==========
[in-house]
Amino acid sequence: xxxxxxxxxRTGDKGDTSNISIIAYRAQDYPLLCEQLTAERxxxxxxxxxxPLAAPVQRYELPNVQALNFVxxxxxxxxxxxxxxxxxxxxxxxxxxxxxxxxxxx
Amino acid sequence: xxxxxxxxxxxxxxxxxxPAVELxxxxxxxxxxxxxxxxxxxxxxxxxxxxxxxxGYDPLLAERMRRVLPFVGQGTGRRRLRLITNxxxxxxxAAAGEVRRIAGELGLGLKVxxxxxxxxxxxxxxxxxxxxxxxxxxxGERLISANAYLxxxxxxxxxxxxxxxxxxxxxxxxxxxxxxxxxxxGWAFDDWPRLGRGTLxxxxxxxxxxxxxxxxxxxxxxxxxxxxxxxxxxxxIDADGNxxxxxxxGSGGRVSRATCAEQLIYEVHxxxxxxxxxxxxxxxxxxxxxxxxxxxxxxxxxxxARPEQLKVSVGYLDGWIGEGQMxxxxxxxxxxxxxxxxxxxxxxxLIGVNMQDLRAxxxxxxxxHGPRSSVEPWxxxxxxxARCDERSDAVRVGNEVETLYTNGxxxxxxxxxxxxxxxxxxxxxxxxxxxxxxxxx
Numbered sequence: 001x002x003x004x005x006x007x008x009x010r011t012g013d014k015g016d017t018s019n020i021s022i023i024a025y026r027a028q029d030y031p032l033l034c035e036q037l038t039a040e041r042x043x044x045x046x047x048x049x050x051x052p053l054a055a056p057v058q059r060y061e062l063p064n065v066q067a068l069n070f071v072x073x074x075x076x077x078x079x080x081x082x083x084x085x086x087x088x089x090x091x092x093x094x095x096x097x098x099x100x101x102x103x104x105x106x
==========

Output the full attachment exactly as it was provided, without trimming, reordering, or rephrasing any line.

[in-house]
Amino acid sequence: xxxxxxxxxRTGDKGDTSNISIIAYRAQDYPLLCEQLTAERxxxxxxxxxxPLAAPVQRYELPNVQALNFVxxxxxxxxxxxxxxxxxxxxxxxxxxxxxxxxxxx
Amino acid sequence: xxxxxxxxxxxxxxxxxxPAVELxxxxxxxxxxxxxxxxxxxxxxxxxxxxxxxxGYDPLLAERMRRVLPFVGQGTGRRRLRLITNxxxxxxxAAAGEVRRIAGELGLGLKVxxxxxxxxxxxxxxxxxxxxxxxxxxxGERLISANAYLxxxxxxxxxxxxxxxxxxxxxxxxxxxxxxxxxxxGWAFDDWPRLGRGTLxxxxxxxxxxxxxxxxxxxxxxxxxxxxxxxxxxxxIDADGNxxxxxxxGSGGRVSRATCAEQLIYEVHxxxxxxxxxxxxxxxxxxxxxxxxxxxxxxxxxxxARPEQLKVSVGYLDGWIGEGQMxxxxxxxxxxxxxxxxxxxxxxxLIGVNMQDLRAxxxxxxxxHGPRSSVEPWxxxxxxxARCDERSDAVRVGNEVETLYTNGxxxxxxxxxxxxxxxxxxxxxxxxxxxxxxxxx
Numbered sequence: 001x002x003x004x005x006x007x008x009x010r011t012g013d014k015g016d017t018s019n020i021s022i023i024a025y026r027a028q029d030y031p032l033l034c035e036q037l038t039a040e041r042x043x044x045x046x047x048x049x050x051x052p053l054a055a056p057v058q059r060y061e062l063p064n065v066q067a068l069n070f071v072x073x074x075x076x077x078x079x080x081x082x083x084x085x086x087x088x089x090x091x092x093x094x095x096x097x098x099x100x101x102x103x104x105x106x